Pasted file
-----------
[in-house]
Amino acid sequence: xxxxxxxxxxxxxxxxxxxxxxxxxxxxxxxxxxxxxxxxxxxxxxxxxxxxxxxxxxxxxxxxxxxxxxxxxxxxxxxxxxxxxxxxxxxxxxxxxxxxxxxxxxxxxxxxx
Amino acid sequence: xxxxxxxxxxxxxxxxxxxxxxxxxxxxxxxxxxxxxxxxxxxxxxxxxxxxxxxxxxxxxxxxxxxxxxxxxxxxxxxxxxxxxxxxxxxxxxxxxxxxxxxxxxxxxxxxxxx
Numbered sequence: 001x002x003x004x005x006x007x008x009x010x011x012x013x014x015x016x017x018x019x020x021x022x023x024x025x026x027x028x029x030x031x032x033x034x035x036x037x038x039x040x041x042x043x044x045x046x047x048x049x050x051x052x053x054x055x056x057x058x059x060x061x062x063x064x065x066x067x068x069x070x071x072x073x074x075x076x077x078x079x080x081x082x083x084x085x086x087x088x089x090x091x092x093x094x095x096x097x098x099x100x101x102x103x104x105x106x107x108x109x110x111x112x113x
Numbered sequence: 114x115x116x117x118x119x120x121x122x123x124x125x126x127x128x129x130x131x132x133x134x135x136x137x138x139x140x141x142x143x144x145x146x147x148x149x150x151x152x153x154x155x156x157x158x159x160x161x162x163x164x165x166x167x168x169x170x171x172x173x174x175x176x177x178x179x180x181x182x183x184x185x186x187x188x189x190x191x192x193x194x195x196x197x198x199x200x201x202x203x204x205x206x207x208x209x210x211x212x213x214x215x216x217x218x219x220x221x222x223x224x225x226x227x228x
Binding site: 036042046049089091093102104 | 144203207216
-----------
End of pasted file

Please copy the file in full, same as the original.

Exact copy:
[in-house]
Amino acid sequence: xxxxxxxxxxxxxxxxxxxxxxxxxxxxxxxxxxxxxxxxxxxxxxxxxxxxxxxxxxxxxxxxxxxxxxxxxxxxxxxxxxxxxxxxxxxxxxxxxxxxxxxxxxxxxxxxx
Amino acid sequence: xxxxxxxxxxxxxxxxxxxxxxxxxxxxxxxxxxxxxxxxxxxxxxxxxxxxxxxxxxxxxxxxxxxxxxxxxxxxxxxxxxxxxxxxxxxxxxxxxxxxxxxxxxxxxxxxxxx
Numbered sequence: 001x002x003x004x005x006x007x008x009x010x011x012x013x014x015x016x017x018x019x020x021x022x023x024x025x026x027x028x029x030x031x032x033x034x035x036x037x038x039x040x041x042x043x044x045x046x047x048x049x050x051x052x053x054x055x056x057x058x059x060x061x062x063x064x065x066x067x068x069x070x071x072x073x074x075x076x077x078x079x080x081x082x083x084x085x086x087x088x089x090x091x092x093x094x095x096x097x098x099x100x101x102x103x104x105x106x107x108x109x110x111x112x113x
Numbered sequence: 114x115x116x117x118x119x120x121x122x123x124x125x126x127x128x129x130x131x132x133x134x135x136x137x138x139x140x141x142x143x144x145x146x147x148x149x150x151x152x153x154x155x156x157x158x159x160x161x162x163x164x165x166x167x168x169x170x171x172x173x174x175x176x177x178x179x180x181x182x183x184x185x186x187x188x189x190x191x192x193x194x195x196x197x198x199x200x201x202x203x204x205x206x207x208x209x210x211x212x213x214x215x216x217x218x219x220x221x222x223x224x225x226x227x228x
Binding site: 036042046049089091093102104 | 144203207216